Initial claims for state unemployment benefits continued to trend lower with 1.54 million workers applying in the week ended June 6. That’s down from 1.9 million initial claims in the prior week. (Economists surveyed by Bloomberg had projected 1.55 million initial claims for the week.)
But while the trend is pointing in the right direction, the pace of the decline is agonizingly slow.
On Wednesday Fed chair Jerome Power said that the economic pain could last for years with “a significant chunk” — millions of workers — “who don’t get to go back to their old job, and there may not be a job in that industry for them for some time.”
Reopening efforts will quickly reinstate a third of the workers who lost their jobs, Beth Ann Bovino, chief U.S. economist at S&P Global, told the New York Times. But a return to the labor market conditions that preceded the pandemic is unlikely before 2023. “We’re expecting a long haul,” she said. “When people start talking about a V-shaped recovery, it’s like claiming success with the patient still on the table.”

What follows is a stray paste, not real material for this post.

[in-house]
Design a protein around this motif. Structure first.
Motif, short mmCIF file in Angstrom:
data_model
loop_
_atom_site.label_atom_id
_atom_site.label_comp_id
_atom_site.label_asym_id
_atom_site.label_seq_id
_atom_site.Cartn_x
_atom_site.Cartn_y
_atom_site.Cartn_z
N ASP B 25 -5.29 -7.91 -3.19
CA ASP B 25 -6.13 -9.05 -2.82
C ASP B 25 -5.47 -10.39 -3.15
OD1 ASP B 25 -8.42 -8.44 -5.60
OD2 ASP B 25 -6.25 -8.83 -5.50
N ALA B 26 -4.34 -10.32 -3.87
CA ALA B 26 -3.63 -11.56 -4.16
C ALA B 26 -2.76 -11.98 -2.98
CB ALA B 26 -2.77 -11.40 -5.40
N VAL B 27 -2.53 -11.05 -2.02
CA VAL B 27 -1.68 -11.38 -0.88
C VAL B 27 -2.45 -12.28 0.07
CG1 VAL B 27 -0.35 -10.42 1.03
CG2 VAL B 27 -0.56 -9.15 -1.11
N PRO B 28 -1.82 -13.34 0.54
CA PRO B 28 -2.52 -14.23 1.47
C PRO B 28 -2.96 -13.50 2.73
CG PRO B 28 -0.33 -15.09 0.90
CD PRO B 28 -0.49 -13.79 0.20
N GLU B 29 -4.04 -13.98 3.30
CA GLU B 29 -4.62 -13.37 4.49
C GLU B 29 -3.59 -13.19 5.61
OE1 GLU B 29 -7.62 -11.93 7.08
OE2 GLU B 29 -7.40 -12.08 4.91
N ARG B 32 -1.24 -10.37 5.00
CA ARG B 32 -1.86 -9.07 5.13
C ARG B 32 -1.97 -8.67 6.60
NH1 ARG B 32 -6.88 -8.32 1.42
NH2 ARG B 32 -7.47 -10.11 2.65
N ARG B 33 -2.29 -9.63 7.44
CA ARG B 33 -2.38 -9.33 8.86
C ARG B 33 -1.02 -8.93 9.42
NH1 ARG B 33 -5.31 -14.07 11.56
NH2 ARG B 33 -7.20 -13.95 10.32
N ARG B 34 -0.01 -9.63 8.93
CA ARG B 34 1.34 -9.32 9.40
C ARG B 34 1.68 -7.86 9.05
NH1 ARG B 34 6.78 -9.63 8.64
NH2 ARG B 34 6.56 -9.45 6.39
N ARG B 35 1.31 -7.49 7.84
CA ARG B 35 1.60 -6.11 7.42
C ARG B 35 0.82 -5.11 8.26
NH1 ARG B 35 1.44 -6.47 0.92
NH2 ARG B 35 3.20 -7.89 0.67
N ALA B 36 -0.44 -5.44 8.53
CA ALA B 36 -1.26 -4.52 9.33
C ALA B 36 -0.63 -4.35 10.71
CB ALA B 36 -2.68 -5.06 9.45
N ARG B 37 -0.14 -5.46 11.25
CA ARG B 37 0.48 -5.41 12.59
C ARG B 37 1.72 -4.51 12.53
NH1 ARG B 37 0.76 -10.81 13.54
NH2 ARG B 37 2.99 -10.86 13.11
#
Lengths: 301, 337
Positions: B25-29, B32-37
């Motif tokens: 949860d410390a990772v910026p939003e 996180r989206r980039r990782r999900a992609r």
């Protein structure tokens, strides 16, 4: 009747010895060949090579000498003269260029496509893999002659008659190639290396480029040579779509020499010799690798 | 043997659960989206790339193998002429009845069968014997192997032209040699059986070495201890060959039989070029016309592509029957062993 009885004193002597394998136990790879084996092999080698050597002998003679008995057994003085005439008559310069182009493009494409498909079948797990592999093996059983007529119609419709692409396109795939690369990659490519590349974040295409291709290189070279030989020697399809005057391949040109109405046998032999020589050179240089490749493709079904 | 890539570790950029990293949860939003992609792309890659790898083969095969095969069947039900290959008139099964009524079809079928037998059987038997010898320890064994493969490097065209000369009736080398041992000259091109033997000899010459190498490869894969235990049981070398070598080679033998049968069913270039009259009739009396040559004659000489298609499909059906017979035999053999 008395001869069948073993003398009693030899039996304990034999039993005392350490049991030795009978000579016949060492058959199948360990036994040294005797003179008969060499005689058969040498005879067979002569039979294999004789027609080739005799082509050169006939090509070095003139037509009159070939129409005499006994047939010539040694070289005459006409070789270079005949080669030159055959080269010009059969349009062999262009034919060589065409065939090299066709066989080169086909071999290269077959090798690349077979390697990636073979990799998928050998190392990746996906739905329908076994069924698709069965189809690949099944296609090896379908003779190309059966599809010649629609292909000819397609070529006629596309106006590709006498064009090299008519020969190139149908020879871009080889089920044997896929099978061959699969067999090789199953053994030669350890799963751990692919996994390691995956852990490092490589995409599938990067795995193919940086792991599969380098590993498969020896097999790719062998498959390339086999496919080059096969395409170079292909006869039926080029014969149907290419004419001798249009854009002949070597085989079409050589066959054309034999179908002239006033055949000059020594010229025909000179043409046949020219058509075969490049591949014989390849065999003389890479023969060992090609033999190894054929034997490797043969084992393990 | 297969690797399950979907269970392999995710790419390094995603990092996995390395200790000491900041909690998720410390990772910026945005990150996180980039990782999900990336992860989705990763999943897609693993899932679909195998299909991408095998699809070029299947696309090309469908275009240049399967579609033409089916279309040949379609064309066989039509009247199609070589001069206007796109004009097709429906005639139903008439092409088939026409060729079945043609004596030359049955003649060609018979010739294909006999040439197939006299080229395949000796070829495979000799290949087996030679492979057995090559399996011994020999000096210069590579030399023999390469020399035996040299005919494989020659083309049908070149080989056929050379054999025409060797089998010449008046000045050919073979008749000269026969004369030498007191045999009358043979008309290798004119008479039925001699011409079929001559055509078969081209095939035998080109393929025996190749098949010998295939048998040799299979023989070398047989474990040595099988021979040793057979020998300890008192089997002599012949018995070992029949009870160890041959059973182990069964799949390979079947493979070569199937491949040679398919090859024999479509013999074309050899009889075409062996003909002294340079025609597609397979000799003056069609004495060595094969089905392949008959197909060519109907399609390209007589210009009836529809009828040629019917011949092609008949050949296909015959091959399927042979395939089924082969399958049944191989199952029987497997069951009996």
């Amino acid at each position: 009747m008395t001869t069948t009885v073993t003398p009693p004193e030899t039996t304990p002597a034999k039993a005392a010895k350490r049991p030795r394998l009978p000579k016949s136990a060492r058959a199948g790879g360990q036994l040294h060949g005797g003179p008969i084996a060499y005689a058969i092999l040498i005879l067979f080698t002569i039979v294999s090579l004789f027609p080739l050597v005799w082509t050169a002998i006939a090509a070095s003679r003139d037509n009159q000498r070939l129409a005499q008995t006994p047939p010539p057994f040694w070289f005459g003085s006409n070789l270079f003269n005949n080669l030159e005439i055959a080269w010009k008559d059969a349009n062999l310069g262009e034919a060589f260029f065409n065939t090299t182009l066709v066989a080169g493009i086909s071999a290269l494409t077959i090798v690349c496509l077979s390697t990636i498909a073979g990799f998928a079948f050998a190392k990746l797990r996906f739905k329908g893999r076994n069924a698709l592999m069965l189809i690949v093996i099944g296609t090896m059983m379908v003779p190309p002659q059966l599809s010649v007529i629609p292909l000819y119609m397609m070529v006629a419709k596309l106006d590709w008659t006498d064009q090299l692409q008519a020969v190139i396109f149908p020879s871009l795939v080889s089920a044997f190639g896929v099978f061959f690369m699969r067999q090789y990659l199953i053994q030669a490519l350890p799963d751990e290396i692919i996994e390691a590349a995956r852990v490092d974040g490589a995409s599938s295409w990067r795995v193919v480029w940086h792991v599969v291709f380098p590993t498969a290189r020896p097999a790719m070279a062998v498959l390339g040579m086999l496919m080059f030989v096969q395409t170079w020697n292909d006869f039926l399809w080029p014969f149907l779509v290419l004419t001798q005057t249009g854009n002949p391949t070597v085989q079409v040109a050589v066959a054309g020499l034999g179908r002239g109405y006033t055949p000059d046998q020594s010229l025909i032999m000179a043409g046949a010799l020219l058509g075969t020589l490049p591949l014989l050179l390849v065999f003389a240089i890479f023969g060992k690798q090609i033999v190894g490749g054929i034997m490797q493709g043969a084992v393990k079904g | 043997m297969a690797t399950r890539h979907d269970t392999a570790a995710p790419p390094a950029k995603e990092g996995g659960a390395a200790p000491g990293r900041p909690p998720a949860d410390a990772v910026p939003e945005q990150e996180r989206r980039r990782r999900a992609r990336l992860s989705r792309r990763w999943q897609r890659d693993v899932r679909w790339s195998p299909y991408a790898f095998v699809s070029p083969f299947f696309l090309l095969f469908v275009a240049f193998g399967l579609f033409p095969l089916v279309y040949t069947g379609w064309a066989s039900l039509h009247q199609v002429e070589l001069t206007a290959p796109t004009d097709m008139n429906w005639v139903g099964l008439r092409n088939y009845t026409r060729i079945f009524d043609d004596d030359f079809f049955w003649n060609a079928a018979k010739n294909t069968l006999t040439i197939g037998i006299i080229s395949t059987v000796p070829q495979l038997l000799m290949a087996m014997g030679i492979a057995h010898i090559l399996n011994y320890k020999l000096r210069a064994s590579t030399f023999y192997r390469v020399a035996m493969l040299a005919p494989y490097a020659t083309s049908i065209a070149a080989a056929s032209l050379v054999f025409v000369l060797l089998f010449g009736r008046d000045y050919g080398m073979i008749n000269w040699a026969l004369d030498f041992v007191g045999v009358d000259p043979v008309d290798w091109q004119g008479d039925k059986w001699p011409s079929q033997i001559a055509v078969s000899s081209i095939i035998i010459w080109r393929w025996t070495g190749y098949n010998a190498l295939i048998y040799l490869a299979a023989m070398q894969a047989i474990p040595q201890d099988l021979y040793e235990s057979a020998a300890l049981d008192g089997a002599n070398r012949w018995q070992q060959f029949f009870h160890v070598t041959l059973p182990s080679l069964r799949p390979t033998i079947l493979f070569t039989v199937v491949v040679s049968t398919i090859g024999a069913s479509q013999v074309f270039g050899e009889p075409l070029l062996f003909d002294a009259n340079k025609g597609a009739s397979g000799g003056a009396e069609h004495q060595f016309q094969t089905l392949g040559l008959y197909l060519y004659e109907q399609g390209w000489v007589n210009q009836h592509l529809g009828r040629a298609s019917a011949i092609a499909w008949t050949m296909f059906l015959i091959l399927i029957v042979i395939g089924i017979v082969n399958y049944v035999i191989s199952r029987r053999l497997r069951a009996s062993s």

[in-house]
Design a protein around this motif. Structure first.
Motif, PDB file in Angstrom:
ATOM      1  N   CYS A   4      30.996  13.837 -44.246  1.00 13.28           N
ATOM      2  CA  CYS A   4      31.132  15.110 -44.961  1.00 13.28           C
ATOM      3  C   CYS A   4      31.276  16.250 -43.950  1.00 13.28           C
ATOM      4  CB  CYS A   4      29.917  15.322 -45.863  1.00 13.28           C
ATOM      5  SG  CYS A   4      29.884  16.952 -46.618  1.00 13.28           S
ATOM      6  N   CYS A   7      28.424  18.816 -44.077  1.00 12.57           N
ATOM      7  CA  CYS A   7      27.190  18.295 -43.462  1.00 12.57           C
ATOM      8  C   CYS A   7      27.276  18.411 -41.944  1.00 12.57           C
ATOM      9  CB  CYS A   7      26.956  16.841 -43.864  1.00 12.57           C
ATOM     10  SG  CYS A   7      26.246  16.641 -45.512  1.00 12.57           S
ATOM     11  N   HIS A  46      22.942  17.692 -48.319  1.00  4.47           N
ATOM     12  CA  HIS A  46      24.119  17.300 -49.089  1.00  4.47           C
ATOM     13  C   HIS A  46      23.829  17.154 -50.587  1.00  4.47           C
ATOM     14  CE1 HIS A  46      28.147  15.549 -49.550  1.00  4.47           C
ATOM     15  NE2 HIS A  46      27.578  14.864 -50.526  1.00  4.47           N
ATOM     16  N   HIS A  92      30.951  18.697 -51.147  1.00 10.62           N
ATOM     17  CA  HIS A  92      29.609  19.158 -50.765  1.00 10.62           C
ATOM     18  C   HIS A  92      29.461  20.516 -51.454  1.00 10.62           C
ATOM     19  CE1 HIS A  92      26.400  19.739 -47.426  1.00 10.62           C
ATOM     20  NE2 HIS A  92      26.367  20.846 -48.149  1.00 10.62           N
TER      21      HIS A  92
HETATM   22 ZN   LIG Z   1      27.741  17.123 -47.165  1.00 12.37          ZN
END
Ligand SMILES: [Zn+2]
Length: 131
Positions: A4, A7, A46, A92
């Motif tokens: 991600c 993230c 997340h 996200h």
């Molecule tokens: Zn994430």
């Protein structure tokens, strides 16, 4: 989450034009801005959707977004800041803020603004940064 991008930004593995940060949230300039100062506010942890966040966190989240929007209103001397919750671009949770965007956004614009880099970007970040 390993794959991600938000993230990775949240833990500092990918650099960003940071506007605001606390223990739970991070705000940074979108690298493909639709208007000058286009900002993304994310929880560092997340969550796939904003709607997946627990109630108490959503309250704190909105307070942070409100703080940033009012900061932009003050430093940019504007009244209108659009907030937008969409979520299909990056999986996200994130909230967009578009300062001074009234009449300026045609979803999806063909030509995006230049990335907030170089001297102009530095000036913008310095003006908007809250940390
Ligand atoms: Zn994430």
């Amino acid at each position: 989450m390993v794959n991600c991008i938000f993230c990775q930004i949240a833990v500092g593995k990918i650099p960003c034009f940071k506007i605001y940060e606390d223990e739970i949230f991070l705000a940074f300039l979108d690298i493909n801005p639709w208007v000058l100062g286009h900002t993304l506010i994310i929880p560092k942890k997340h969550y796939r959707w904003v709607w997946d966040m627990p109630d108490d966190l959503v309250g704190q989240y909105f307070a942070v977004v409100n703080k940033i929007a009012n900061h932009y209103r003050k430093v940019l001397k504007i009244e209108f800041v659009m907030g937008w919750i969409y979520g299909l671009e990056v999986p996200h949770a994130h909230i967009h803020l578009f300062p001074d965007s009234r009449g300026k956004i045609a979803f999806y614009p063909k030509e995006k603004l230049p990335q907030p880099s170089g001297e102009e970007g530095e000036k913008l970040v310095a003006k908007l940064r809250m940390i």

Part of the reason for pessimism is that companies are still announcing big layoffs. On Monday, BP said it would lay off 10,000 workers worldwide. The entertainment promotion giant AEG said it would carry out layoffs, furloughs and salary reductions on July 1. And states and cities have just begun job cuts to fill yawning budget deficits.
According to a survey by employment agency Manpower, in the third quarter, more employers than in the first half of the year expect to shrink payrolls, while fewer companies plan to increase hiring.
Continuing claims for unemployment–the total number of Americans claiming ongoing unemployment benefits in state programs–decreased by less than estimated to 20.9 million in the week ended May 30. The less-volatile four-week average of continuing claims declined for a second week to 22 million